Audubon Florida staff received a report of another auxiliary band resight for 2022!
The Bald Eagle was rescued on the front lawn of a busy elementary school in April 2018 after falling from its nest.
“His family was gone by the time he was ready to go back into the wild in June ‘18, so he was released on property near the Mission Inn Resort with another fledgling that was rescued in that area,” explains Shawnlei Breeding, Program Manager for Audubon EagleWatch. “K/20 was seen a month later in July in a backyard in West Virginia but not again until this sighting.”
Then, in March of 2022, photographer Ken Rohling saw K/20, now four years old, at the Citrus County Landfill, its bands clearly visible in photographs.
As part of a long-term cooperative study through the Audubon Center for Birds of Prey, all rescued Bald Eagle fledglings treated by its Raptor Trauma Clinic receive a colored auxiliary leg band before release. The color designates the type of nest they came from: green bands for natural nests and black bands for nests on man-made structures. Audubon’s goal is to learn if the type of nest structure an eagle hatches in influences the type of nest structure it chooses as a breeding adult. This information will also help in future management and protections for Bald Eagles in Florida.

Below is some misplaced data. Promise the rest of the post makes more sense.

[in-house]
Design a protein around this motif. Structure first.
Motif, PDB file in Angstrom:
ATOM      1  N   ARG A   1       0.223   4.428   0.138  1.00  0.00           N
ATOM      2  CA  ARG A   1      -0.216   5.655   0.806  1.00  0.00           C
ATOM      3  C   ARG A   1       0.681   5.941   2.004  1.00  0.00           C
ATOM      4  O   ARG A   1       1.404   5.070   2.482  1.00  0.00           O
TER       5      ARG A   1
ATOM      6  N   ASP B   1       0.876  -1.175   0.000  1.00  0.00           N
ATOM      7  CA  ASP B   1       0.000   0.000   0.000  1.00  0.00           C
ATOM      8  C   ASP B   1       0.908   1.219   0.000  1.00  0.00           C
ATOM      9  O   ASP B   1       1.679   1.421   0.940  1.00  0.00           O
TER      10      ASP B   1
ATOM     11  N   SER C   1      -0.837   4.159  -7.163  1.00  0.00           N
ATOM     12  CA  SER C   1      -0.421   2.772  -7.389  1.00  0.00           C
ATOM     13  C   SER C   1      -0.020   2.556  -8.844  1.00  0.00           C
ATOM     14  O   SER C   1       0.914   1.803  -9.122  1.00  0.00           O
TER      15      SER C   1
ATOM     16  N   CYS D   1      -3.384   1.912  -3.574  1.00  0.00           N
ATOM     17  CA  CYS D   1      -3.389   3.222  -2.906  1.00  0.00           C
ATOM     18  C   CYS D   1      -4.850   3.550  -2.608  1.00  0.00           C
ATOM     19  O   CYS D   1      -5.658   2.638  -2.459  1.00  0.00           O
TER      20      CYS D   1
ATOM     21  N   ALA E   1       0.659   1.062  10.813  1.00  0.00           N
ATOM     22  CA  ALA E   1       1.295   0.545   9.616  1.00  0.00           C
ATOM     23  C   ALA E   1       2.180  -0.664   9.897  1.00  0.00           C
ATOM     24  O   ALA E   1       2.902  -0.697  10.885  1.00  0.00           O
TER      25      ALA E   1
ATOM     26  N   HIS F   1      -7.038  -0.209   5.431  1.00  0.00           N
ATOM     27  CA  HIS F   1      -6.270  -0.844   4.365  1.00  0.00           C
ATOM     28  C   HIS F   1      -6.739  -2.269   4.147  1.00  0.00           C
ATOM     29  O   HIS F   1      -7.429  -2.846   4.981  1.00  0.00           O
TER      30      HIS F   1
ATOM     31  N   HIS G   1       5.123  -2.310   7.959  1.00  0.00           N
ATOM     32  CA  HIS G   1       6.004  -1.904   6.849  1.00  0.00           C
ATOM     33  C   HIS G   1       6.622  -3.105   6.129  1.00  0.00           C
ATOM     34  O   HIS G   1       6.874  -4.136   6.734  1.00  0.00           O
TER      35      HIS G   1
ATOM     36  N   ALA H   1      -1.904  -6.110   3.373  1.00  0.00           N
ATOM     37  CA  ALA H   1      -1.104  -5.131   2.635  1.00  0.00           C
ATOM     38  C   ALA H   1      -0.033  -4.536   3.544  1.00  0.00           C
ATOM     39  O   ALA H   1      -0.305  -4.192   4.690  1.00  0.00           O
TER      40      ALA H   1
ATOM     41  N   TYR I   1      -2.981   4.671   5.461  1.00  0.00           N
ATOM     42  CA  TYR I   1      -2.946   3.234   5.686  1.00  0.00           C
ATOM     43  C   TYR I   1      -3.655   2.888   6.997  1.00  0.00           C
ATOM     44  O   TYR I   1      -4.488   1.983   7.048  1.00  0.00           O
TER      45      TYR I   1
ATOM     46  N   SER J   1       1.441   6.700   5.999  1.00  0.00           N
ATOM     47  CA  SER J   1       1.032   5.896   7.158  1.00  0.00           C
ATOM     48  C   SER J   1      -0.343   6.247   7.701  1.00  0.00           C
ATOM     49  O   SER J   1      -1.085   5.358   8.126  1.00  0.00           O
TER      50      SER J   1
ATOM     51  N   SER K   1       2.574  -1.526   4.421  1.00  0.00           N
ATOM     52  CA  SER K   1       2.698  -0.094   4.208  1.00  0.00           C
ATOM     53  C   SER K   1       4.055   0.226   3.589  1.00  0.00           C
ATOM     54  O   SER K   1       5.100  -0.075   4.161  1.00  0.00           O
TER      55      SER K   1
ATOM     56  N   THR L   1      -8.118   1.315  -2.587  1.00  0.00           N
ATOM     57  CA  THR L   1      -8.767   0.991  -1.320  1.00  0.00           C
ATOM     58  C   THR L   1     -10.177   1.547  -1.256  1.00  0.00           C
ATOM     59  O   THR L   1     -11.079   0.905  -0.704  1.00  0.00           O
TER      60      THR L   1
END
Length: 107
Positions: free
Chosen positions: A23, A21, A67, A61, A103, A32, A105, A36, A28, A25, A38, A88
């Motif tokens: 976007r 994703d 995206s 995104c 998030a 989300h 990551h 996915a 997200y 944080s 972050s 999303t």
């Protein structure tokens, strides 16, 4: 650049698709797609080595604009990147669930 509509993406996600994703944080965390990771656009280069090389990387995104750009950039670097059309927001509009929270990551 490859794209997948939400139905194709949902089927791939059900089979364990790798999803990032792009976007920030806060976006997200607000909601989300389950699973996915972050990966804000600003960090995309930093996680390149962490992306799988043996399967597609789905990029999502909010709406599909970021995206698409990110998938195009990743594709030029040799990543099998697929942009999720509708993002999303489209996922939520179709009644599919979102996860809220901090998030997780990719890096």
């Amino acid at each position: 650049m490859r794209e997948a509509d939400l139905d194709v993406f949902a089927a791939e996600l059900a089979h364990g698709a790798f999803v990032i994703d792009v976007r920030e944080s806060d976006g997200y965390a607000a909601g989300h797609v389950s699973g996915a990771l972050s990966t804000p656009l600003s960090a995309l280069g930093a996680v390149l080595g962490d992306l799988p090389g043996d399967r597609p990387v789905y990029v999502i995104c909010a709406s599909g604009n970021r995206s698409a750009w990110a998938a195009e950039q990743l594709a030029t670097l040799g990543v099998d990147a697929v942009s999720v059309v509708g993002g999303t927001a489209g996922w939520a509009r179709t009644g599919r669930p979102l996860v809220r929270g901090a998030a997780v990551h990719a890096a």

Since 2017, Audubon has banded and released 85 fledgling Bald Eagles as part of this ongoing study. Each eagle that is rescued and released gets a second chance at life and the opportunity to contribute to the future of the wild population.
“Banding resights like this one brings us one step closer to understanding Bald Eagle nesting habits,” says Breeding. “We depend on community scientists to help us track these majestic birds.”
Thank you to all who were involved in the rescue, treatment, and release of Bald Eagle K20, as well as Ken Rohling for photographing the band.
Have you spotted a banded Bald Eagle? Make note of the band color, alphanumeric code if visible, and which leg the band is on and report this important information to the U.S.G.S. Bird Banding lab. This data helps researchers track longevity, migratory habits, habitat usage, and other vital population parameters.